EU Finalizes Rules For Regulating Big Tech

EU Expands Rules Targeting Big Tech

European Union lawmakers are moving forward with a plan to target Big Tech companies’ anticompetitive practices, the Financial Times (FT) reported.

Brussels wants to make it so the companies, including Amazon, Apple, Facebook, Google and Microsoft, don’t have as much power in the digital economy, according to the report.

The European Parliament’s main parties agreed Wednesday (Nov. 17) to make new rules for companies with a market capitalization of at least 80 billion euros (about $90.7 billion) and offering at least one internet service, the report stated.

The new rules would ban anti-competitive behavior, such as undermining rival services by taking advantage of being dominant. The rules would boost the power of competition authorities to examine tech companies’ acquisitions of smaller rivals to make sure those acquisitions aren’t intended to kill off challenges to business, according to the report.

The rules would also affect Netherlands-based Booking, as well as Alibaba, the report stated.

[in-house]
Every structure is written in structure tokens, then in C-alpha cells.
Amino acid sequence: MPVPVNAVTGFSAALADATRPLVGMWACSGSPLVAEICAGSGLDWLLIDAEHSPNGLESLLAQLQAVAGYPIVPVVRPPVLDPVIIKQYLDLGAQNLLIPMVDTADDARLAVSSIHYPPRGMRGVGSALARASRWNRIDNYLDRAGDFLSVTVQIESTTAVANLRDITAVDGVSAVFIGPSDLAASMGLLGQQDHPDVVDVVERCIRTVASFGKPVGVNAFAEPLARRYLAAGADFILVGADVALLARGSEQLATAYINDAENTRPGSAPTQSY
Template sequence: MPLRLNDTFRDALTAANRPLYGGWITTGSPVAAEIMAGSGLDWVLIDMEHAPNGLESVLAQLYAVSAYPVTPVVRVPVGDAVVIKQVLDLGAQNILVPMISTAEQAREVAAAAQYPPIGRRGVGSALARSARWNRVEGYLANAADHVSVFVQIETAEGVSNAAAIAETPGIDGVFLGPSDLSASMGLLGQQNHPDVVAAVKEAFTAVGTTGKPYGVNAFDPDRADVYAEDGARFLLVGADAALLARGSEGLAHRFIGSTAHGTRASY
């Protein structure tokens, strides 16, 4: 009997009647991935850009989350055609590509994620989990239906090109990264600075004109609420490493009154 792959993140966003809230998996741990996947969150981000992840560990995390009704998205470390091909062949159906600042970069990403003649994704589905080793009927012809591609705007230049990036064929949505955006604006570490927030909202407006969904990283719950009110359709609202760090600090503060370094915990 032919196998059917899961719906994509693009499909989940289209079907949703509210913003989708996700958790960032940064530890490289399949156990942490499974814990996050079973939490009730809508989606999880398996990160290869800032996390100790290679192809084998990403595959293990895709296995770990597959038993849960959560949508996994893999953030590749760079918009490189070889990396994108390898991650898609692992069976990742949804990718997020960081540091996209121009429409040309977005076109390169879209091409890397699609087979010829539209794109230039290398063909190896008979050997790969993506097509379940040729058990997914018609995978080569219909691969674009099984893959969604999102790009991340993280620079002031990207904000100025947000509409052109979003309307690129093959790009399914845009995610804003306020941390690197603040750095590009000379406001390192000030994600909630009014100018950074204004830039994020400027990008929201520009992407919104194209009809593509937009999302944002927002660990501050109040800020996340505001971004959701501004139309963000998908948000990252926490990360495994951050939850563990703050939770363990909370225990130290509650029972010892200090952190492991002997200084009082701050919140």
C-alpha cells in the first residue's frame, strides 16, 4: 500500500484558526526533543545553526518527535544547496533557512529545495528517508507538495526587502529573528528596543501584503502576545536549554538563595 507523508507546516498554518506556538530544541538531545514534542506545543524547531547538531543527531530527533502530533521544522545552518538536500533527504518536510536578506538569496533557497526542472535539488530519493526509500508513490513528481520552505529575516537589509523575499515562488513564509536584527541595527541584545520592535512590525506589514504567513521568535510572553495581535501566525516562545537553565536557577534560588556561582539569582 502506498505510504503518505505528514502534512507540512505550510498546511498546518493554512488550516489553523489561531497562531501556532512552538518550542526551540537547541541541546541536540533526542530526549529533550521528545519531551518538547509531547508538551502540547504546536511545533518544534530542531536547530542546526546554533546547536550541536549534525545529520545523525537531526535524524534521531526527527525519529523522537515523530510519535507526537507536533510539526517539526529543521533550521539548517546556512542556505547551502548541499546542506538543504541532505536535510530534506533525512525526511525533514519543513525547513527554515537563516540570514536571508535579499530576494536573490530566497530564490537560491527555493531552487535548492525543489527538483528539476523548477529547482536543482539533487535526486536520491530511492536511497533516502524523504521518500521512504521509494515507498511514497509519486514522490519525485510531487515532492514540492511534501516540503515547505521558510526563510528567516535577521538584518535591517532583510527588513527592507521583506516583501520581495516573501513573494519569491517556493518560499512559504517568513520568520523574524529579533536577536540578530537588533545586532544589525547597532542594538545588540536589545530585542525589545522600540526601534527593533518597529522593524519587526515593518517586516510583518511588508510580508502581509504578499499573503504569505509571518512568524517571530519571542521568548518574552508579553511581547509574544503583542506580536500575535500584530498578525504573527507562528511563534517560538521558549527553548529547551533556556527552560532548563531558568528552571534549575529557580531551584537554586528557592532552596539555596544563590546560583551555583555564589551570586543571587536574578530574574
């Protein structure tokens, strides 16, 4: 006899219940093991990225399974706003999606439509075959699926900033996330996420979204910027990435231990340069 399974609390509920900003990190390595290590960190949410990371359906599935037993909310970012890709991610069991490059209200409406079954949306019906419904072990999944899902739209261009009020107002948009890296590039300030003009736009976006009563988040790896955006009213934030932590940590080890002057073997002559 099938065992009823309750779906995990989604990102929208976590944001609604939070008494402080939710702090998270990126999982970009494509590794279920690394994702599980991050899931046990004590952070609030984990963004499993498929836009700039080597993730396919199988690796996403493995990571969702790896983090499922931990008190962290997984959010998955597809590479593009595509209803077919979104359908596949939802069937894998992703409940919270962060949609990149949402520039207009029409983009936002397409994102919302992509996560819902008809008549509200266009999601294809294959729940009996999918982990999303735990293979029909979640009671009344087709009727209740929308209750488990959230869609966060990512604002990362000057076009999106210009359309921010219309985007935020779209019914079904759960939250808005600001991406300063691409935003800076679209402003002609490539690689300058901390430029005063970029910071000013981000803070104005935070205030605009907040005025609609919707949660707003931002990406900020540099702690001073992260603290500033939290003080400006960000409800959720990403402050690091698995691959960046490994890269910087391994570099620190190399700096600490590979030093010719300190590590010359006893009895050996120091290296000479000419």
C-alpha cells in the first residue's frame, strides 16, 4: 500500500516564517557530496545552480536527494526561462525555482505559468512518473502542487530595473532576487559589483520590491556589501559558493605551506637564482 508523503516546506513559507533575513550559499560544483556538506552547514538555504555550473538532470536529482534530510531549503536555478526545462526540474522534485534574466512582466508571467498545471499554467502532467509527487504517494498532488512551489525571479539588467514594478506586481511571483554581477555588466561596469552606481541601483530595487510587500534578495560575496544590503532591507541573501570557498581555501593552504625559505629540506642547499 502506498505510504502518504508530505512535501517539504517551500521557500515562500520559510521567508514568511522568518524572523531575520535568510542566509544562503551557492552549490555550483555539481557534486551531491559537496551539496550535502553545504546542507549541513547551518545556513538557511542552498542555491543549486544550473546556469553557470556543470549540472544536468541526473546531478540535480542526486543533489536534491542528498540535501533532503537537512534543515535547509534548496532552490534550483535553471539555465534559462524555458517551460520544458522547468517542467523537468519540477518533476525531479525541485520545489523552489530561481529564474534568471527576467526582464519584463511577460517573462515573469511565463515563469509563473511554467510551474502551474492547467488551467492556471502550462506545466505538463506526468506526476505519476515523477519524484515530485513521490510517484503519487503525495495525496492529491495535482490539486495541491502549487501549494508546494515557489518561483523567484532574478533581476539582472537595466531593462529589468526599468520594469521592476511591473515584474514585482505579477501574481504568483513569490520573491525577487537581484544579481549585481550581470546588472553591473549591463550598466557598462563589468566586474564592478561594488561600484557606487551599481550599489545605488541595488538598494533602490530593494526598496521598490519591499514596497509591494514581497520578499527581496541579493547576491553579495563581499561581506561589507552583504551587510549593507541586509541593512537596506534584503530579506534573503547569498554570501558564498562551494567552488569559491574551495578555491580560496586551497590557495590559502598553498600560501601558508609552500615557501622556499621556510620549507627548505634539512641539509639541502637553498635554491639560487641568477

Lawmakers have also been engaged in discussions over whether to ban targeted advertising, which represents a large chunk of the revenue for companies like Google and Facebook, according to the report. They ended up not banning it, but there will be restrictions, like protection for children and more stringent transparency requirements.

Lawmakers have not come to a consensus regarding their unified position on the Digital Services Act, though, which is proposed legislation intended to rule on how Big Tech should deal with illegal and harmful content on the internet.

Last week, Big Tech had a tough time as the EU meted out a $2.8 billion fine to Google parent Alphabet in a shopping ads antitrust case.

Read more: Big Tech Firms Face Tough Week Following EU Clamp-Down

An EU spokesperson said the judgment “delivers the clear message that Google’s conduct was unlawful and it provides the necessary legal clarity for the market.”